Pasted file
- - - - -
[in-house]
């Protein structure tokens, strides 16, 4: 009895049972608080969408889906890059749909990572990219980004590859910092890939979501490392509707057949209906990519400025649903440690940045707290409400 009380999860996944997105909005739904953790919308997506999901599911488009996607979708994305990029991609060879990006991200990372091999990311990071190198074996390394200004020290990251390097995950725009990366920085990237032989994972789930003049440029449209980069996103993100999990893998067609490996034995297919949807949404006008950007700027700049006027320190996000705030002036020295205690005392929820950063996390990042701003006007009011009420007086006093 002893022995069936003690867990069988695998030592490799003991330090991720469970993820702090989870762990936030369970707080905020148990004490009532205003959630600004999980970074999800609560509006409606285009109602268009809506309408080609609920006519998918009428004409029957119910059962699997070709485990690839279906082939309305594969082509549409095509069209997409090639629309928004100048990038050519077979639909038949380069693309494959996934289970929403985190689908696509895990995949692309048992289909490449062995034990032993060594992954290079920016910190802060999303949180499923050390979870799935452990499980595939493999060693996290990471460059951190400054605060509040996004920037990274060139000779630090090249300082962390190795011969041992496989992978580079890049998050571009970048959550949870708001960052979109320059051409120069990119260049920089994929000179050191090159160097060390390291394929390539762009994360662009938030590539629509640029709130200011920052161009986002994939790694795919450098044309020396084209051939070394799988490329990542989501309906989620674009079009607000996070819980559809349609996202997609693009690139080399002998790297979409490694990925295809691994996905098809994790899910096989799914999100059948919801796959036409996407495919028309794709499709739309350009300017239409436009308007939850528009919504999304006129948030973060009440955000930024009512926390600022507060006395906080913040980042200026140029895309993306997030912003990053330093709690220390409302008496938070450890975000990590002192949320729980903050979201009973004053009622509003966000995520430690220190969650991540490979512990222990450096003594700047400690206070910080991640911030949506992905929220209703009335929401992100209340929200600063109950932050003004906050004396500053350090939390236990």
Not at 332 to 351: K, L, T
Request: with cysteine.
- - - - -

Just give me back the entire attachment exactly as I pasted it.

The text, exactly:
[in-house]
């Protein structure tokens, strides 16, 4: 009895049972608080969408889906890059749909990572990219980004590859910092890939979501490392509707057949209906990519400025649903440690940045707290409400 009380999860996944997105909005739904953790919308997506999901599911488009996607979708994305990029991609060879990006991200990372091999990311990071190198074996390394200004020290990251390097995950725009990366920085990237032989994972789930003049440029449209980069996103993100999990893998067609490996034995297919949807949404006008950007700027700049006027320190996000705030002036020295205690005392929820950063996390990042701003006007009011009420007086006093 002893022995069936003690867990069988695998030592490799003991330090991720469970993820702090989870762990936030369970707080905020148990004490009532205003959630600004999980970074999800609560509006409606285009109602268009809506309408080609609920006519998918009428004409029957119910059962699997070709485990690839279906082939309305594969082509549409095509069209997409090639629309928004100048990038050519077979639909038949380069693309494959996934289970929403985190689908696509895990995949692309048992289909490449062995034990032993060594992954290079920016910190802060999303949180499923050390979870799935452990499980595939493999060693996290990471460059951190400054605060509040996004920037990274060139000779630090090249300082962390190795011969041992496989992978580079890049998050571009970048959550949870708001960052979109320059051409120069990119260049920089994929000179050191090159160097060390390291394929390539762009994360662009938030590539629509640029709130200011920052161009986002994939790694795919450098044309020396084209051939070394799988490329990542989501309906989620674009079009607000996070819980559809349609996202997609693009690139080399002998790297979409490694990925295809691994996905098809994790899910096989799914999100059948919801796959036409996407495919028309794709499709739309350009300017239409436009308007939850528009919504999304006129948030973060009440955000930024009512926390600022507060006395906080913040980042200026140029895309993306997030912003990053330093709690220390409302008496938070450890975000990590002192949320729980903050979201009973004053009622509003966000995520430690220190969650991540490979512990222990450096003594700047400690206070910080991640911030949506992905929220209703009335929401992100209340929200600063109950932050003004906050004396500053350090939390236990």
Not at 332 to 351: K, L, T
Request: with cysteine.